Baghdadi left the movement in 2000, soon falling under the influence of Abu Mohammed al-Mufti al-Aali, one of the main jihadist ideologues in Iraq at the time.
He branched out on his own to help found a small militant group in 2003, Jaish Ahl al-Sunnah Wal Jamaah, which quickly took root in the restive Sunni communities and fought against US forces in Iraq.
The group was one of many that were formed within a broad Sunni revolt against the American occupation of Iraq and which later came together under the flag of al-Qaeda and, more recently, Isis.
Isis has now overrun much of the west and centre of the country, as well as eastern Syria.
Asmaa al-Kobeisi is his first wifeAsmaa al-Kobeisi is his first wife THE Americans once had Baghdadi within their grasp. In February 2004 they tracked him down to a friend’s house in Falluja, west of Baghdad, and arrested him. He was transferred to Camp Bucca, a detention centre named after Ronald Bucca, a New York firefighter who had died in the attacks on September 11, 2001 on New York and Washington.
In Bucca, Baghdadi’s footballing prowess once again earned him admiration. “I saw him playing football with other prisoners. I was amazed by his capabilities. I understood later that he was given the name Maradona,” said Abu Omar, a former Isis member who served three years at the camp.
Far from Bucca ending the threat that Baghdadi posed, the incarceration became a defining moment in establishing his credentials as a jihadist leader destined for the top. He began to draw attention by giving Friday sermons, although he was not one of the most important inmates. Abu Omar said his speeches were “nothing to compare with Abu Musab al-Zarqawi”, the leader of al-Qaeda in Iraq who was killed by a US airstrike in 2006.
Crucially, the camp, which had 24,000 prisoners, many of them accused of joining the Sunni-led anti-US insurgency, provided a safe environment for militant leaders to forge alliances with each other.
Baghdadi built a formidable database of future jihadist contacts, including Abu Muhammad al-Adnani,the current Isis spokesman. He was also noticed by some of the most powerful figures in al-Qaeda, impressing them with his expertise in Koranic studies.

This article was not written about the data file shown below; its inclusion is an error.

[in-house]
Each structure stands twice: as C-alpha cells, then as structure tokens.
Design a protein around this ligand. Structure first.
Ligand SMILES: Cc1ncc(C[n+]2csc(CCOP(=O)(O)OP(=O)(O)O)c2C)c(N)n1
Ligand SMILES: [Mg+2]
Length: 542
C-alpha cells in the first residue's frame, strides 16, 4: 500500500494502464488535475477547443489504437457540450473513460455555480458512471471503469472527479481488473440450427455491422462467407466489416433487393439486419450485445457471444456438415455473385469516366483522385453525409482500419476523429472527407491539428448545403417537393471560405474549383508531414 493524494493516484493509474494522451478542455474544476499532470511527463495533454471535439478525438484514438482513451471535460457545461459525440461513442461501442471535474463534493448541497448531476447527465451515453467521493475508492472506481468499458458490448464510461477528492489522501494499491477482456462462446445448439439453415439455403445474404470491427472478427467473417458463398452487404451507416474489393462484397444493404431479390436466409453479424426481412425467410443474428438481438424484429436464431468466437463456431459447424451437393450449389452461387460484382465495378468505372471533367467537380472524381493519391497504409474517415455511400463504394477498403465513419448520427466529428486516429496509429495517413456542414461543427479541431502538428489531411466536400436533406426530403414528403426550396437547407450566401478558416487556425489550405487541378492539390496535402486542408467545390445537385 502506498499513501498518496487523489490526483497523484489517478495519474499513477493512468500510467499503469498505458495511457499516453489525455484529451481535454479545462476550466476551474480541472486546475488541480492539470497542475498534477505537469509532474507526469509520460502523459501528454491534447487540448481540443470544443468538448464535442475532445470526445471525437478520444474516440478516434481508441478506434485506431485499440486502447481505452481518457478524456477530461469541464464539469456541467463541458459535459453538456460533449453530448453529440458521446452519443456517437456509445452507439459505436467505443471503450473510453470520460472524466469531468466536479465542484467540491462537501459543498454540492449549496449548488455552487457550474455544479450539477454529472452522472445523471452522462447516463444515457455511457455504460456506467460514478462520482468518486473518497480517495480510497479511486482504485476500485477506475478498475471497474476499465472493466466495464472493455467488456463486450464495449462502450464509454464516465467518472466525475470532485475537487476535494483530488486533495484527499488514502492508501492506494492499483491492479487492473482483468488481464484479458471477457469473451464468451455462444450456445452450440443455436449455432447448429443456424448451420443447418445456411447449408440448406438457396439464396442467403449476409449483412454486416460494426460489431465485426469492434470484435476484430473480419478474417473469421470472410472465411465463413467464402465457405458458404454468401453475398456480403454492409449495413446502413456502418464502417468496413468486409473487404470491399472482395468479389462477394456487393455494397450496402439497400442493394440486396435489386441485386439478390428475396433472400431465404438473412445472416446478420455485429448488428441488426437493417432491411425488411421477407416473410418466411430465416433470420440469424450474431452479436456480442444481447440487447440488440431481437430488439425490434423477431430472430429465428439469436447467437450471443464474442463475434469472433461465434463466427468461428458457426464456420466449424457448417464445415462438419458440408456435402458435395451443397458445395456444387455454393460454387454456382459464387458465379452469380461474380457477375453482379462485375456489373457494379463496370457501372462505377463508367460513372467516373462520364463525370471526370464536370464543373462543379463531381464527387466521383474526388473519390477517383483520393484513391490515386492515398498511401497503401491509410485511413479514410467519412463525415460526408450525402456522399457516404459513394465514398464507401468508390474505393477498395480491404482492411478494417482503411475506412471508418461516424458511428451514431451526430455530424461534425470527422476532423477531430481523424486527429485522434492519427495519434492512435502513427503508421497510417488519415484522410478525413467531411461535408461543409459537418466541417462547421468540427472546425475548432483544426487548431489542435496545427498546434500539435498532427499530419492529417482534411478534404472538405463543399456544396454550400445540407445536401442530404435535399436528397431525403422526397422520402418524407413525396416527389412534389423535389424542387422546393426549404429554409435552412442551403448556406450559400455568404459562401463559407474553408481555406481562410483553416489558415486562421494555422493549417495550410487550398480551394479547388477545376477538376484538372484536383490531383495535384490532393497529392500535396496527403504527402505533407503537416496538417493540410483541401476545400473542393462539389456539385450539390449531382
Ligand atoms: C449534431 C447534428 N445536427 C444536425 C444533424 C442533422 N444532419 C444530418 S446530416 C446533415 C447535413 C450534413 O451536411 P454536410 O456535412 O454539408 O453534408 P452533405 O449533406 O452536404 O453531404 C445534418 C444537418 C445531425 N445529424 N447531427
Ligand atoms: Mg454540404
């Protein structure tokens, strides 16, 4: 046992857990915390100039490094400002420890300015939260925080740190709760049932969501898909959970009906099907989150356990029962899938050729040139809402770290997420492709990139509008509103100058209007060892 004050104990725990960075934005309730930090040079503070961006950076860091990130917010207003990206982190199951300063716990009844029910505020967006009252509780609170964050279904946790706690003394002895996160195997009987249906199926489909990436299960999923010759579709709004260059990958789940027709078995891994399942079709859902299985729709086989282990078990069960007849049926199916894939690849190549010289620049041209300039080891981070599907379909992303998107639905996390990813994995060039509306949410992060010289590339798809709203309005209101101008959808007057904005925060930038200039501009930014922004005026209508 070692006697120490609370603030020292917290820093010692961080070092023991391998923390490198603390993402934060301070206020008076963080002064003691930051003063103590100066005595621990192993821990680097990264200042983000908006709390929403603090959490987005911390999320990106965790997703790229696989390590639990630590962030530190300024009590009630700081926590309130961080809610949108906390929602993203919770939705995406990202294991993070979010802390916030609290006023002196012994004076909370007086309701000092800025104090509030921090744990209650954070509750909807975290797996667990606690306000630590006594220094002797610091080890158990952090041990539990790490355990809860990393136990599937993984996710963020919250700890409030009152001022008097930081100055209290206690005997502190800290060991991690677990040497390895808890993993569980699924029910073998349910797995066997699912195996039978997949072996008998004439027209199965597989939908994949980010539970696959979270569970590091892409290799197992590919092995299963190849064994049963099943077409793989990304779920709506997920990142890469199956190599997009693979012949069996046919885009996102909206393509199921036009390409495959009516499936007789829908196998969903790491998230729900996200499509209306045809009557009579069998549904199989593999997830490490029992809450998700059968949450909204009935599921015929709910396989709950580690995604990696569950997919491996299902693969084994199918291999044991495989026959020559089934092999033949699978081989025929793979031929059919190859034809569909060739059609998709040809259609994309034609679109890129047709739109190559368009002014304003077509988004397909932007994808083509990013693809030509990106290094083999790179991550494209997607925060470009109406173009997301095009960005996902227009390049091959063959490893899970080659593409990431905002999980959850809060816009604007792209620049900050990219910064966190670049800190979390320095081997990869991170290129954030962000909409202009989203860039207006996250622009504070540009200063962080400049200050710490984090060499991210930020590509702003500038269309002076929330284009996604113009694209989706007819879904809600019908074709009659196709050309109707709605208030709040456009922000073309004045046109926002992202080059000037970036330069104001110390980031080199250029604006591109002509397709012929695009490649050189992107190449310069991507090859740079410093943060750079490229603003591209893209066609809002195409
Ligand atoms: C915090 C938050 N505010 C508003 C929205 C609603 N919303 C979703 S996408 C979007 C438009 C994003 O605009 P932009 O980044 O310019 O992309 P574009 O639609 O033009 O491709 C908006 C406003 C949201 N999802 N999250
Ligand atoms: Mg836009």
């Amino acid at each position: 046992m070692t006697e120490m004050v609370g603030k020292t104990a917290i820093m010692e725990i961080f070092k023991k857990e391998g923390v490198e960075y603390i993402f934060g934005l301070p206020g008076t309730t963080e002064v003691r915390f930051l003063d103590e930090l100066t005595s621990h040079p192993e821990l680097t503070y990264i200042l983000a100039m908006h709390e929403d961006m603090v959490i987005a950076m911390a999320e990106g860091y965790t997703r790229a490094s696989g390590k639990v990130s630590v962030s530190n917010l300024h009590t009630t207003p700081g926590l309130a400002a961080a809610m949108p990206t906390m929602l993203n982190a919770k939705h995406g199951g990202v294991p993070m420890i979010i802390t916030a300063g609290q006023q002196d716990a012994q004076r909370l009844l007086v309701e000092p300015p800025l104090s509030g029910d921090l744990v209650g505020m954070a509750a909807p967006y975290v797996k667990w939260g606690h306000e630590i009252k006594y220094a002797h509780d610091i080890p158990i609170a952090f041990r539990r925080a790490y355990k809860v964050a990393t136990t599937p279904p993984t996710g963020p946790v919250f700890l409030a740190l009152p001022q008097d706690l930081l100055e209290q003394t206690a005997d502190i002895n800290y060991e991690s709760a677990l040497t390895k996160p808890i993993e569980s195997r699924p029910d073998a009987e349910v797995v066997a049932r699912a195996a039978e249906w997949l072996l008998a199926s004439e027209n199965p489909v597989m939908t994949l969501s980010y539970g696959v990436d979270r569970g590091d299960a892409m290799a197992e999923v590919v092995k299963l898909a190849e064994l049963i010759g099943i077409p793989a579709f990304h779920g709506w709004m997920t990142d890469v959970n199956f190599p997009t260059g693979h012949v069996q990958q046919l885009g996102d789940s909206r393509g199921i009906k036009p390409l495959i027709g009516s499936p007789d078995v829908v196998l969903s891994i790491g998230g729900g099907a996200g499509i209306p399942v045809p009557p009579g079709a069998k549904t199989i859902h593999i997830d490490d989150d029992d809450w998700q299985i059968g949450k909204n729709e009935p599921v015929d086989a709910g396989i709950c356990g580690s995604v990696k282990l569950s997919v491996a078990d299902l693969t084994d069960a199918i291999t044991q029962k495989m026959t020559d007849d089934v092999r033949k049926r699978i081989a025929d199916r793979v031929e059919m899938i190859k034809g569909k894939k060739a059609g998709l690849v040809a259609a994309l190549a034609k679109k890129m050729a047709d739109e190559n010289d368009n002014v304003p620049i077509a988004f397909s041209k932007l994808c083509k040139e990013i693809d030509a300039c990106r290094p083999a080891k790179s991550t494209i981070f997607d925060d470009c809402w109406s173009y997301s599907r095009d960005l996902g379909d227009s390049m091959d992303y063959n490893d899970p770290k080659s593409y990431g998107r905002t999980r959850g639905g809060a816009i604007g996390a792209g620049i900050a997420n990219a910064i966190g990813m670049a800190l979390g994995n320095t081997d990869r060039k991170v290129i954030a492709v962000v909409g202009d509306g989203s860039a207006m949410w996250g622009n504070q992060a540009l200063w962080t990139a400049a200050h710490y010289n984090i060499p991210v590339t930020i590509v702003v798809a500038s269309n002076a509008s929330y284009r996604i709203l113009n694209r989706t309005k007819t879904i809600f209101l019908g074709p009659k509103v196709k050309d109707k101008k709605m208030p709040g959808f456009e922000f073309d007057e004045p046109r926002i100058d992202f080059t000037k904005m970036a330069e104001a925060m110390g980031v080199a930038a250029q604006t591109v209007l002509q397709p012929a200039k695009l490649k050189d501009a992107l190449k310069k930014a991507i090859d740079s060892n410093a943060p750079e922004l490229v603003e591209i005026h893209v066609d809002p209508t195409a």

After his release in December 2004 he joined al-Qaeda, changing his name to Abu Duaa and coming under the tutelage of Sheikh Fawzi al-Jobouri,one of the group’s most influential intellectuals. In June 2006, the same monthwhen Zarqawi was killed, Baghdadi graduated from the Islamic University of Baghdad with a PhD in the “phonetics of the Koran”, a qualification he would use to legitimise his anointing as “caliph” of the Islamic world last July.
Zarqawi was succeeded by Abu Omar al-Baghdadi, a former police officer, who became leader of al-Qaeda’s Islamic State of Iraq.
Brother Shamsi is no longer in contact with him Brother Shamsi is no longer in contact with him Abu Bakr al-Baghdadi went to Syria, returning to Iraq in 2013. On his return his Bucca contacts began to bear fruit. Haji Bakr, a former inmate, introduced him to al-Qaeda’s top leadership, who were so impressed that he rose quickly through the ranks, becoming one of Abu Omar’s most trusted confidants.
When Abu Omar was killed in a joint US-Iraqi operation in 2010, Abu Bakr al-Baghdadi became a frontrunner to replace him.
The fact that he was from the Quraysh, the tribe of the prophet Muhammad, boosted his credentials as the best leader to usher in the Islamic caliphate. He was appointed the new emir.
As the death of Osama bin Laden in his Pakistani hideout shook al-Qaeda and the “Arab Spring” swept across the Middle East, starting a revolution in neighbouring Syria, Baghdadi decided it was time to widen his group’s reach.
He sent two of his chief aides, Abu Mohammad al-Golani and Mullah Fawzi al-Duleimi, to Syria to expand his state, declaring it to be Islamic State in Iraq and Syria, now known as Isis.
Golani opposed this decision, along with Ayman al-Zawahiri, the newly appointed global leader of al-Qaeda. A serious rift broke out within al-Qaeda in Syria, but it was a power struggle that Baghdadi ultimately won. As he took the world by surprise by invading Mosul, Iraq’s second largest city, in June last year, an Islamic caliphate with Baghdadi at the helm had been born — the repercussions of which the world has been dealing with since.
Although bitter at the failure of last November’s strike on Baghdadi, Major Bakr of the Falcons is confident that they will eventually get their man. “Al-Baghdadi knows we are very close,” he said.
“He’s not able to move like before and this is one of our achievements. He’s always careful not to be killed by us and as we did before with Abu Omar al-Baghdadi we’ll do with his successor. Sooner or later he’ll die.”